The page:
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Computational Physicist

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Role Description

Computational Physics combines physics, computer science and applied mathematics in order to provide scientific solutions to realistic and often complex problems. Areas of application include environmental modelling, nuclear clean up, the design of materials, ground water transport, the nature of elementary particles, medical imaging, and energy management.

Computational Physicists typically do the following:
• Write proposals and apply for research grants
• Do complex mathematical calculations to analyze physical and astronomical data, such as data that may indicate the existence of planets in distant solar systems
• Develop computer software to analyze and model data
• Write scientific papers that may be published in scholarly journals
• Present research findings at scientific conferences and lectures

Modern Computational Physicists are currently researching accelerator physics, astrophysics, fluid mechanics, plasma physics, and soft condense matter physics. You help model each system in order to truly understand their theoretical and physical properties.

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Salary

£29,680 / yr average. The general range offered is £33,280 - £45,000 (dependent on experience).

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Hours

Typically work a 9am to 5pm time period. Roles are often available in full time and part time positions.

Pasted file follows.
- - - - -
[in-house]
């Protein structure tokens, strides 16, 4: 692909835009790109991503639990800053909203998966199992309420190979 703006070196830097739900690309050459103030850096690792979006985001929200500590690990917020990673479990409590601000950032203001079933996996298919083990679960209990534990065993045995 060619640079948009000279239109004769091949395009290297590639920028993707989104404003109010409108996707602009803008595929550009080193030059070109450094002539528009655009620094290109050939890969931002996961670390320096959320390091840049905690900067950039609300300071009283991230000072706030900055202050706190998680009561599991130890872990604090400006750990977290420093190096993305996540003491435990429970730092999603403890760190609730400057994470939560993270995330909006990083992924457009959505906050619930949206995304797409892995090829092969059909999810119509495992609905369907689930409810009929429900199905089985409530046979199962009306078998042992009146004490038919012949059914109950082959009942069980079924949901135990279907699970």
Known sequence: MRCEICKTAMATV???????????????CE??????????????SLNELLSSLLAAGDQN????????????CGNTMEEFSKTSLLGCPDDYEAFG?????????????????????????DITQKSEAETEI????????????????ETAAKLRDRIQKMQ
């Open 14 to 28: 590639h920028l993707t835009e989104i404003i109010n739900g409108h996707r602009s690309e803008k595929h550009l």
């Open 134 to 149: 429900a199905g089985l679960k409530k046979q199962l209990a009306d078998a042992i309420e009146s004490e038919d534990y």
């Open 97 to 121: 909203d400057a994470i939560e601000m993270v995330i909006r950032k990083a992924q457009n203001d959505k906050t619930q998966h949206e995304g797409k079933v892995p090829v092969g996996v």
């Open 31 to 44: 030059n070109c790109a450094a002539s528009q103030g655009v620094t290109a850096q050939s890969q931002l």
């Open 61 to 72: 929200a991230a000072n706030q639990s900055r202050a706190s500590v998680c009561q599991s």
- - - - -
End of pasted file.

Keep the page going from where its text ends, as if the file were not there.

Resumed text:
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Prospects

From research, you can move to managerial positions and spend a large part of your time preparing budgets and schedules.

Skills Valued by Employers

• Thinking creatively
• A strong background in programming ideally HPC, Linux, FORTRAN, C++
• Interpreting and analyzing data
• Statistics and uncertainty quantification
• Ability to research and self-learn new physics areas, computational techniques, and code development practices

• Communication skills in the form of written reports or oral presentations.
• This work often requires the ability to focus for hours over the course of many days.
• Critical thinking skills to carefully evaluate your own work and the work of others.
• Curiosity and very keen to learn continuously throughout their career.
• Math skills to perform complex calculations involving calculus, geometry, algebra etc.
• Interpersonal skills to collaborate extensively with others in both academic and industrial research contexts.

Resources

Professional Institutes